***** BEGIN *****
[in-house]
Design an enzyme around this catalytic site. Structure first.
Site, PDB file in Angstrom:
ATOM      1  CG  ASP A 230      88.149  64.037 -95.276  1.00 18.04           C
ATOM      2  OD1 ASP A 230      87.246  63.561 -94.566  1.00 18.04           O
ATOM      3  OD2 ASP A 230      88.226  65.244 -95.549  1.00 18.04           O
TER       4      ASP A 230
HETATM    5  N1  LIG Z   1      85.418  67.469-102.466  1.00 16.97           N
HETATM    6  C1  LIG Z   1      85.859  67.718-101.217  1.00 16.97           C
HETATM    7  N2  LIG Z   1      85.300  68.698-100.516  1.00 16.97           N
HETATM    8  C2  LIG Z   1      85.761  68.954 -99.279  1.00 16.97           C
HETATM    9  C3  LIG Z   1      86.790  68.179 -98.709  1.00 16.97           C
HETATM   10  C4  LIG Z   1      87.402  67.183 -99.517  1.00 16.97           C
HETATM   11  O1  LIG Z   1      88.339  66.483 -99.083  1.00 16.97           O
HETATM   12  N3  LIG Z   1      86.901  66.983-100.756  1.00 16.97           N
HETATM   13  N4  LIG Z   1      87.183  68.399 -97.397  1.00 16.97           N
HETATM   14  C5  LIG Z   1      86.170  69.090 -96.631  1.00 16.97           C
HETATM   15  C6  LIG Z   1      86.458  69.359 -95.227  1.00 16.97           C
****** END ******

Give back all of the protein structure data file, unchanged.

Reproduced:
[in-house]
Design an enzyme around this catalytic site. Structure first.
Site, PDB file in Angstrom:
ATOM      1  CG  ASP A 230      88.149  64.037 -95.276  1.00 18.04           C
ATOM      2  OD1 ASP A 230      87.246  63.561 -94.566  1.00 18.04           O
ATOM      3  OD2 ASP A 230      88.226  65.244 -95.549  1.00 18.04           O
TER       4      ASP A 230
HETATM    5  N1  LIG Z   1      85.418  67.469-102.466  1.00 16.97           N
HETATM    6  C1  LIG Z   1      85.859  67.718-101.217  1.00 16.97           C
HETATM    7  N2  LIG Z   1      85.300  68.698-100.516  1.00 16.97           N
HETATM    8  C2  LIG Z   1      85.761  68.954 -99.279  1.00 16.97           C
HETATM    9  C3  LIG Z   1      86.790  68.179 -98.709  1.00 16.97           C
HETATM   10  C4  LIG Z   1      87.402  67.183 -99.517  1.00 16.97           C
HETATM   11  O1  LIG Z   1      88.339  66.483 -99.083  1.00 16.97           O
HETATM   12  N3  LIG Z   1      86.901  66.983-100.756  1.00 16.97           N
HETATM   13  N4  LIG Z   1      87.183  68.399 -97.397  1.00 16.97           N
HETATM   14  C5  LIG Z   1      86.170  69.090 -96.631  1.00 16.97           C
HETATM   15  C6  LIG Z   1      86.458  69.359 -95.227  1.00 16.97           C